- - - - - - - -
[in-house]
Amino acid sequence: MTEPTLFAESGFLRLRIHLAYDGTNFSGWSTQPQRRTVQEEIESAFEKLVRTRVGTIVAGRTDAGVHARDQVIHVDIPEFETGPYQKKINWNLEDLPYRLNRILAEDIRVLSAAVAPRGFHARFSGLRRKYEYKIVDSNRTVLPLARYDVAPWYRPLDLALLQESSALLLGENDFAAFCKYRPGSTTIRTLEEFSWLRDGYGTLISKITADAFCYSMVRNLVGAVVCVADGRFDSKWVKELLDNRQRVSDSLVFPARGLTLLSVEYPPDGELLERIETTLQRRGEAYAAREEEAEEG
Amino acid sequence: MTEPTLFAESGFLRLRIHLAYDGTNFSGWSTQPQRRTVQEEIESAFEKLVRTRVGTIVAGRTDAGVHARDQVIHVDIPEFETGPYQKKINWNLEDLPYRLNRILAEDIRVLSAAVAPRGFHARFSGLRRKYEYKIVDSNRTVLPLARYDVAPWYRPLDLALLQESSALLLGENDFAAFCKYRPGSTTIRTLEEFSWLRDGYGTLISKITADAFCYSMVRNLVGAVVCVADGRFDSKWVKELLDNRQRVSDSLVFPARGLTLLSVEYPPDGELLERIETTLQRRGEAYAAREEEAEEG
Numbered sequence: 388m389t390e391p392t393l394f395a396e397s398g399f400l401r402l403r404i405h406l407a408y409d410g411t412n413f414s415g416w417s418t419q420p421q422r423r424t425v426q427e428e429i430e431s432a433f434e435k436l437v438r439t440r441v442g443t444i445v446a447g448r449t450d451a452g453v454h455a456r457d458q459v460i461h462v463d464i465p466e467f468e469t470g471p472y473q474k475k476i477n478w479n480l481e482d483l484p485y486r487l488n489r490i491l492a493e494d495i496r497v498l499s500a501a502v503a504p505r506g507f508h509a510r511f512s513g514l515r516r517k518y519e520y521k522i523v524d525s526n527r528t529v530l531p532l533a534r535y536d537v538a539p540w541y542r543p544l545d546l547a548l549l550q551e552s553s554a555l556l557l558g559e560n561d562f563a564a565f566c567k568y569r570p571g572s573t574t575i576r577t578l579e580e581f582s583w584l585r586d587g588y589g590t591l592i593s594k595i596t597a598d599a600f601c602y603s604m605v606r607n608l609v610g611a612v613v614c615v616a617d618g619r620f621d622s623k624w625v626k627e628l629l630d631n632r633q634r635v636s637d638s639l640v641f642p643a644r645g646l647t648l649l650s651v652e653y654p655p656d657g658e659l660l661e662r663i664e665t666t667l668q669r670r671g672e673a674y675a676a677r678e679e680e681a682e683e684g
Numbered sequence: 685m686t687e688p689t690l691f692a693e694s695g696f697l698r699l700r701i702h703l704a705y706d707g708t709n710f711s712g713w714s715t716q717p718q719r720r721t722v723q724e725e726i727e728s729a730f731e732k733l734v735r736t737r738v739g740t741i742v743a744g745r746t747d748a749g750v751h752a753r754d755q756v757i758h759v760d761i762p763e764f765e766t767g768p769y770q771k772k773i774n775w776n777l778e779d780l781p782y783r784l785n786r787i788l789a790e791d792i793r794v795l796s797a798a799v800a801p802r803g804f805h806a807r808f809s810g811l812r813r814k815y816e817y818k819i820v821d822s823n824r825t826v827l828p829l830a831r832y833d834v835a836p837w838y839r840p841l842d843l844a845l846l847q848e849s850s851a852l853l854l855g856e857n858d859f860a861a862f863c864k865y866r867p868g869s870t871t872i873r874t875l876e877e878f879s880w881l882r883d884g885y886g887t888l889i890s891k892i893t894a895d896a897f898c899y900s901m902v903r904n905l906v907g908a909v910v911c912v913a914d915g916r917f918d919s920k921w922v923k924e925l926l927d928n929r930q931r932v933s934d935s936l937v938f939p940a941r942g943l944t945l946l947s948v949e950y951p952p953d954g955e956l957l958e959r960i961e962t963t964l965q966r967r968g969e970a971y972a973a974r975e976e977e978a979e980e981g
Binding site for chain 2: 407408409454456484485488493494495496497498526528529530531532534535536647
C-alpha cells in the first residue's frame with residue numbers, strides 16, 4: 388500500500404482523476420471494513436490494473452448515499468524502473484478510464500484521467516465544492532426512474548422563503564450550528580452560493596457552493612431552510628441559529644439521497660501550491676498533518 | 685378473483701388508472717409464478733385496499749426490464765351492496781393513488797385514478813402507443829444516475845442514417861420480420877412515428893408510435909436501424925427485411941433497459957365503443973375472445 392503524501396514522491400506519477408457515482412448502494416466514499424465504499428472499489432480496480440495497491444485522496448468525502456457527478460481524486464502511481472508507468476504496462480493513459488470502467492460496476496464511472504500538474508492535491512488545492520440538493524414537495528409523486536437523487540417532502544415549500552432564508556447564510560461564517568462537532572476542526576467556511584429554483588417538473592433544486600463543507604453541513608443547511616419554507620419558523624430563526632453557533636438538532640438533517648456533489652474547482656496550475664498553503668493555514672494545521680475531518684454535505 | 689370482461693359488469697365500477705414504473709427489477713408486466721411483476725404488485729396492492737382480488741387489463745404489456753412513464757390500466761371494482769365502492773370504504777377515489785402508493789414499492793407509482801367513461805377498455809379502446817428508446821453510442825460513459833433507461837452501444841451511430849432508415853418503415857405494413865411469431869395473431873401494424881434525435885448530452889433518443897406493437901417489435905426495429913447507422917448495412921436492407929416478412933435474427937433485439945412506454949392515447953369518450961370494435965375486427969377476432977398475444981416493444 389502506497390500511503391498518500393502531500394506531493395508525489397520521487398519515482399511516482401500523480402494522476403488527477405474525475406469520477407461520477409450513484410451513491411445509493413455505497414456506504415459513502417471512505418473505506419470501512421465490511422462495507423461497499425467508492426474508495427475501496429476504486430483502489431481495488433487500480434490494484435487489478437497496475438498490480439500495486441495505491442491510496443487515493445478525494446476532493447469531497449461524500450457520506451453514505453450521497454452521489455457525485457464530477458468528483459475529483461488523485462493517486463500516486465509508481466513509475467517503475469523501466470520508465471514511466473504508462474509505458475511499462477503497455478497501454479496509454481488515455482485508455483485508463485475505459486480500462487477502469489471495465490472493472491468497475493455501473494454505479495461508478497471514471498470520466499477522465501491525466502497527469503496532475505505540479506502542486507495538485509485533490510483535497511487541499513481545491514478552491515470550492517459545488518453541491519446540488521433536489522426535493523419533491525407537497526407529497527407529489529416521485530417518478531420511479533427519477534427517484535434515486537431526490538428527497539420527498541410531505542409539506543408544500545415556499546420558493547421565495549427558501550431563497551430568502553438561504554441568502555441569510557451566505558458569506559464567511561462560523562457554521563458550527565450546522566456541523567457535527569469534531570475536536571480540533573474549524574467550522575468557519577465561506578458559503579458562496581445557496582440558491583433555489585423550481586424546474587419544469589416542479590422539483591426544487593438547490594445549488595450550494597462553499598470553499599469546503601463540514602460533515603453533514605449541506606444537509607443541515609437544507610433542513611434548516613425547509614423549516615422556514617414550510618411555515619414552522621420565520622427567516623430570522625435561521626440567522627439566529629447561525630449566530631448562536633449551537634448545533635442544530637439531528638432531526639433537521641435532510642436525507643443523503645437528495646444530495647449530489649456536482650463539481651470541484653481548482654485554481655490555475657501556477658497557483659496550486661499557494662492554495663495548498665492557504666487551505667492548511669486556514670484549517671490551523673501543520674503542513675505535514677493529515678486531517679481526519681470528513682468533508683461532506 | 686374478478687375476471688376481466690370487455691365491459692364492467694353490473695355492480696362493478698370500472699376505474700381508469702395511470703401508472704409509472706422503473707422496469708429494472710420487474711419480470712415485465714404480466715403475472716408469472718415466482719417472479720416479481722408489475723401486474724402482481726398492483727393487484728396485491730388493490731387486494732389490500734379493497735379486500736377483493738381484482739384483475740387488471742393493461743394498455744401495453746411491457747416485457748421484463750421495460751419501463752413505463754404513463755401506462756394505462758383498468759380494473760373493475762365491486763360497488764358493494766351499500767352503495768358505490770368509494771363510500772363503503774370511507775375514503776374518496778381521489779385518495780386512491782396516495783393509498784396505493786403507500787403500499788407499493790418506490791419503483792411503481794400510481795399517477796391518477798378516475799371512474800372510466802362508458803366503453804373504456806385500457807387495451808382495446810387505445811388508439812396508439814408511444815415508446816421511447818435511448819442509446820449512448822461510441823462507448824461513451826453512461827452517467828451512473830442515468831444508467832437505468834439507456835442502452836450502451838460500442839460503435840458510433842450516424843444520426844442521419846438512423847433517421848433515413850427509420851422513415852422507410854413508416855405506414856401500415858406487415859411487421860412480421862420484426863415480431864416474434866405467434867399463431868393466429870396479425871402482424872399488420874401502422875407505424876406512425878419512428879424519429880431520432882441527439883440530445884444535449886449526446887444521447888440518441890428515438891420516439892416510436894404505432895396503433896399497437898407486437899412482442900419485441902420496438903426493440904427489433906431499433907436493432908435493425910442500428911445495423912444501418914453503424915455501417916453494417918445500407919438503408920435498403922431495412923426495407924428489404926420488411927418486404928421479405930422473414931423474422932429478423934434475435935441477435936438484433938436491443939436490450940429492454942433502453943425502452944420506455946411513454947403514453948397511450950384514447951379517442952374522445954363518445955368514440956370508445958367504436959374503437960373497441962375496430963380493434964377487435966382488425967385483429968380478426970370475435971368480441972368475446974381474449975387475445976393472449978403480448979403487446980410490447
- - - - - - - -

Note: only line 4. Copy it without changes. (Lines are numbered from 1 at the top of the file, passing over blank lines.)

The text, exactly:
Numbered sequence: 388m389t390e391p392t393l394f395a396e397s398g399f400l401r402l403r404i405h406l407a408y409d410g411t412n413f414s415g416w417s418t419q420p421q422r423r424t425v426q427e428e429i430e431s432a433f434e435k436l437v438r439t440r441v442g443t444i445v446a447g448r449t450d451a452g453v454h455a456r457d458q459v460i461h462v463d464i465p466e467f468e469t470g471p472y473q474k475k476i477n478w479n480l481e482d483l484p485y486r487l488n489r490i491l492a493e494d495i496r497v498l499s500a501a502v503a504p505r506g507f508h509a510r511f512s513g514l515r516r517k518y519e520y521k522i523v524d525s526n527r528t529v530l531p532l533a534r535y536d537v538a539p540w541y542r543p544l545d546l547a548l549l550q551e552s553s554a555l556l557l558g559e560n561d562f563a564a565f566c567k568y569r570p571g572s573t574t575i576r577t578l579e580e581f582s583w584l585r586d587g588y589g590t591l592i593s594k595i596t597a598d599a600f601c602y603s604m605v606r607n608l609v610g611a612v613v614c615v616a617d618g619r620f621d622s623k624w625v626k627e628l629l630d631n632r633q634r635v636s637d638s639l640v641f642p643a644r645g646l647t648l649l650s651v652e653y654p655p656d657g658e659l660l661e662r663i664e665t666t667l668q669r670r671g672e673a674y675a676a677r678e679e680e681a682e683e684g